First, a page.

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Today's Stichomancy for Samuel L. Jackson

The first excerpt represents the past or something you must release, and is drawn from Charmides by Plato:

and is of a nature to be a science of something?


Just as that which is greater is of a nature to be greater than something else? (Socrates is intending to show that science differs from the object of science, as any other relative differs from the object of relation. But where there is comparison--greater, less, heavier, lighter, and the like--a relation to self as well as to other things involves an absolute contradiction; and in other cases, as in the case of the senses, is hardly conceivable. The use of the genitive after the comparative in Greek, (Greek), creates an unavoidable obscurity in the translation.)


The second excerpt represents the present or the deciding factor of the moment, and is drawn from Walden by Henry David Thoreau:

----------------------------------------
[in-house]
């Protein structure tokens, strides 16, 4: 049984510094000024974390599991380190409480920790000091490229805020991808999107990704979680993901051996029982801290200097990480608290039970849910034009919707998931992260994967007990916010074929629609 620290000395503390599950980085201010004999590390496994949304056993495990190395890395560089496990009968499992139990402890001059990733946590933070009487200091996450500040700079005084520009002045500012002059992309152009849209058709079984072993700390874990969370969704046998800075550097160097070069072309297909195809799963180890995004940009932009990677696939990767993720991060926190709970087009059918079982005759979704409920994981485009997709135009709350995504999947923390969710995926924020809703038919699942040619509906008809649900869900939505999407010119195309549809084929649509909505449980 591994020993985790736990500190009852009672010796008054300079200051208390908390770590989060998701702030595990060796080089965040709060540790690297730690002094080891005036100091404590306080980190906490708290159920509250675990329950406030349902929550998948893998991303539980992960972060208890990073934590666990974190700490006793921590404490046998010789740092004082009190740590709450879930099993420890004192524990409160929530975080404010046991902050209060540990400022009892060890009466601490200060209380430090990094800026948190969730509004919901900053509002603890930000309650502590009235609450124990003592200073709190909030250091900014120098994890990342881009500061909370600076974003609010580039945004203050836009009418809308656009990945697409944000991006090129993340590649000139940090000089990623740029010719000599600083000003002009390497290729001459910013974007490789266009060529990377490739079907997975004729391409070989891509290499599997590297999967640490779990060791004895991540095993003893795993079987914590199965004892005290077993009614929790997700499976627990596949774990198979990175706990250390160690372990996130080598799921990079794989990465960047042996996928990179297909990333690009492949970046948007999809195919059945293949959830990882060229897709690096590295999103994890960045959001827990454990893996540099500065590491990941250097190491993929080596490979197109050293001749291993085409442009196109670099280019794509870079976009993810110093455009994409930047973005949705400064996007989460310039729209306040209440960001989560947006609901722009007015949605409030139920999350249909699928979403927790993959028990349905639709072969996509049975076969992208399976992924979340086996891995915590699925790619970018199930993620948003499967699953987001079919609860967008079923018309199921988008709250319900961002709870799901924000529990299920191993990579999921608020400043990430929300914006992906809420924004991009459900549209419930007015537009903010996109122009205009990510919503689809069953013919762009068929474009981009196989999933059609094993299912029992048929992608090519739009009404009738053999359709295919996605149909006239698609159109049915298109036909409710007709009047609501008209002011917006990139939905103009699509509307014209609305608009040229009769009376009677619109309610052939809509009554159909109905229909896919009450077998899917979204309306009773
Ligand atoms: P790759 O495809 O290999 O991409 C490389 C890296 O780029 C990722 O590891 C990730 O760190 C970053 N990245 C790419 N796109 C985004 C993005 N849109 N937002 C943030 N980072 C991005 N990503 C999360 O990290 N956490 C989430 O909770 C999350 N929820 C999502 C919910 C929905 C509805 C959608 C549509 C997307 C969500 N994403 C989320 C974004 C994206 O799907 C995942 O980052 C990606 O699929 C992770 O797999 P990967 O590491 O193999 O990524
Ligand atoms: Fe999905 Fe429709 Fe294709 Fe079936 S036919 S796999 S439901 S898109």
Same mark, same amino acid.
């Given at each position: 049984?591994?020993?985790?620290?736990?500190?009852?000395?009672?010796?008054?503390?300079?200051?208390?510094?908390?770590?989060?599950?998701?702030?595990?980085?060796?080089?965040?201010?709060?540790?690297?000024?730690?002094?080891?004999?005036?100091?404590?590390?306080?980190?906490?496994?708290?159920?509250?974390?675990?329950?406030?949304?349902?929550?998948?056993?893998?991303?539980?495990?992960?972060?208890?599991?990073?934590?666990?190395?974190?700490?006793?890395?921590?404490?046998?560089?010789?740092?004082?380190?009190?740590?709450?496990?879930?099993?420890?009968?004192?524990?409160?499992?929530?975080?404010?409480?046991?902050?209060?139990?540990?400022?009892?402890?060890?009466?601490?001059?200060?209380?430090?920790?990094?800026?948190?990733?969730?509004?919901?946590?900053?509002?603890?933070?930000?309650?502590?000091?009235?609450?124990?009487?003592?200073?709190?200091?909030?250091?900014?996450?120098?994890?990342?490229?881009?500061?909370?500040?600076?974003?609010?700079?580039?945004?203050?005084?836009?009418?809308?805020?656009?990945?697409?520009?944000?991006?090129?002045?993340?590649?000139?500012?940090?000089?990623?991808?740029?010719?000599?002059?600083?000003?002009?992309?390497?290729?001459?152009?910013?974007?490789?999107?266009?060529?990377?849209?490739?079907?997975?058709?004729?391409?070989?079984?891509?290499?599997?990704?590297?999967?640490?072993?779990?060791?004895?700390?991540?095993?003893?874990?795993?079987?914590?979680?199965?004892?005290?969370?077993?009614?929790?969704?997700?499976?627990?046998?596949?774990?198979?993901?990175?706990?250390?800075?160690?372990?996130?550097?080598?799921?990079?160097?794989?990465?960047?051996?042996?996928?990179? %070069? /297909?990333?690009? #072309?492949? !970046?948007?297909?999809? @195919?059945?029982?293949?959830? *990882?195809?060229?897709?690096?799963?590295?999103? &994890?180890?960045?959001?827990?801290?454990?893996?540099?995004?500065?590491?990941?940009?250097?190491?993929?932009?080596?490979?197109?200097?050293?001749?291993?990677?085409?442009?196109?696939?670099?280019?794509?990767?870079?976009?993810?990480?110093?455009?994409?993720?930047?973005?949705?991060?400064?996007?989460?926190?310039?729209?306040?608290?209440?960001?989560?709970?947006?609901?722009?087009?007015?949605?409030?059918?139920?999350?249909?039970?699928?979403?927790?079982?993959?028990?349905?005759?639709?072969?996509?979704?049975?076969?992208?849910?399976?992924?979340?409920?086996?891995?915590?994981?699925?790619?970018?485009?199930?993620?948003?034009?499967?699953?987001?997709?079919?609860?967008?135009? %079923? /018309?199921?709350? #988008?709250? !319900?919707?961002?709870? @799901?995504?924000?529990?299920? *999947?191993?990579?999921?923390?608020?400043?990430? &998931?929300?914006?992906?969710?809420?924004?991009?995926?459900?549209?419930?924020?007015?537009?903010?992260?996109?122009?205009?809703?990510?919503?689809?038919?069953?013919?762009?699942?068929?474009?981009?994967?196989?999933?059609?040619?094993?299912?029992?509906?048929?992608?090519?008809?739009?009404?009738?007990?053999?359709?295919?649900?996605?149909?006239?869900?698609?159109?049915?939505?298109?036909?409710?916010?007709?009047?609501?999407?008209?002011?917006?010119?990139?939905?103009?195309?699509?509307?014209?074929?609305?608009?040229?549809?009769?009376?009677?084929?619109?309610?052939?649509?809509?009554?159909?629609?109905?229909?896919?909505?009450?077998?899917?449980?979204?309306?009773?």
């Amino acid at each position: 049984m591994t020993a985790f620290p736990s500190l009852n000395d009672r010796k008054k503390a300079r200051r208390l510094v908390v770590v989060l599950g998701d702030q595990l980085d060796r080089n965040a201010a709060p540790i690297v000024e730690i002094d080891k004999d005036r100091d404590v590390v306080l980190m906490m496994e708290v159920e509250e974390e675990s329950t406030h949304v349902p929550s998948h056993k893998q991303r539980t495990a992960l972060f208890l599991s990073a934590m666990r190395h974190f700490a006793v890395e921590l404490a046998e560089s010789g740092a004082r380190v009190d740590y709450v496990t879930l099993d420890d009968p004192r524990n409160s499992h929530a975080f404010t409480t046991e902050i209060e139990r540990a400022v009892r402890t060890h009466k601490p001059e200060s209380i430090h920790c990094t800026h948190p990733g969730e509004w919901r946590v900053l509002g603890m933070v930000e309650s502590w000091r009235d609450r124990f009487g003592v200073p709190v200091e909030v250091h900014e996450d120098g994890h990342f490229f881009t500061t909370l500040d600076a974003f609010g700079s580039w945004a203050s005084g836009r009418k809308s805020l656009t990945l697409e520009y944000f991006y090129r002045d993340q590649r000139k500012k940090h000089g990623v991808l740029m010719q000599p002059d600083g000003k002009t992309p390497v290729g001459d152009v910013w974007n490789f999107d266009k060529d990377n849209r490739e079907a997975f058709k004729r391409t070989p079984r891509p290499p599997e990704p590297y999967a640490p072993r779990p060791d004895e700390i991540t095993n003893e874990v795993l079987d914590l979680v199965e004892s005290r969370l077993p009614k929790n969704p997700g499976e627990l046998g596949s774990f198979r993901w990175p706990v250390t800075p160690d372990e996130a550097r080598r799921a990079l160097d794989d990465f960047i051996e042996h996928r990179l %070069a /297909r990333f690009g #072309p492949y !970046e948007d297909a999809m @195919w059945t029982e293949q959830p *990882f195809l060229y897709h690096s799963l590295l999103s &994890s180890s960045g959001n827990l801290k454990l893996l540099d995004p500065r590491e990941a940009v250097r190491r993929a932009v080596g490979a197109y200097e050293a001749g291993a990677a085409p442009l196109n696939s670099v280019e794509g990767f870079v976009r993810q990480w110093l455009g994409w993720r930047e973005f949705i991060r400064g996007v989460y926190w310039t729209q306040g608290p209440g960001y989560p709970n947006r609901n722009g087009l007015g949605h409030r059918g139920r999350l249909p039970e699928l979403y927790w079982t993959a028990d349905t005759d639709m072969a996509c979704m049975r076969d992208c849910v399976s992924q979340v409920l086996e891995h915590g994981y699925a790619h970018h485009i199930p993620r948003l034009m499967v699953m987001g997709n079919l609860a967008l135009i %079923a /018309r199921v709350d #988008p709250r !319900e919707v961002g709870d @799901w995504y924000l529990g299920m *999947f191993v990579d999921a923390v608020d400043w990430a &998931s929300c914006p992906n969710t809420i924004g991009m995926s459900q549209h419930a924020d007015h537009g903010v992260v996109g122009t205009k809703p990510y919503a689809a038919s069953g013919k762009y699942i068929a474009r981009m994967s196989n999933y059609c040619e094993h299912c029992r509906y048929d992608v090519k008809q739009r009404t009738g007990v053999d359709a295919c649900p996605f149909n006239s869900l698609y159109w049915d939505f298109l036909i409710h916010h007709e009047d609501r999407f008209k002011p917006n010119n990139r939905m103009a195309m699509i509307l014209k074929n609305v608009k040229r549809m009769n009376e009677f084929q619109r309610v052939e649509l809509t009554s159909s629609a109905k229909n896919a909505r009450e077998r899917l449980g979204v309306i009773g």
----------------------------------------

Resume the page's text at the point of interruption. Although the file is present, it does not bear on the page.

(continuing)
If I knew so wise a man as could teach me purity I would go to seek him forthwith. "A command over our passions, and over the external senses of the body, and good acts, are declared by the Ved to be indispensable in the mind's approximation to God." Yet the spirit can for the time pervade and control every member and function of the body, and transmute what in form is the grossest sensuality into purity and devotion. The generative energy, which, when we are loose, dissipates and makes us unclean, when we are continent invigorates and inspires us. Chastity is the flowering of man; and what are called Genius, Heroism, Holiness, and the like, are but various fruits which succeed it. Man flows at once to God when the

The third excerpt represents the future or something you must embrace, and is drawn from Almayer's Folly by Joseph Conrad:

boatmen in repairing old canoes ceased to interfere with the due discharge of domestic duties by the women of the Settlement. Even the baffled Jim-Eng left off troubling his muddled brain with secrets of trade, and relapsed by the aid of his opium pipe into a state of stupefied bliss, letting Babalatchi pursue his way past his house uninvited and seemingly unnoticed.

So on that warm afternoon, when the deserted river sparkled under the vertical sun, the statesman of Sambir could, without any hindrance from friendly inquirers, shove off his little canoe from under the bushes, where it was usually hidden during his visits to Almayer's compound. Slowly and languidly Babalatchi

Almayer's Folly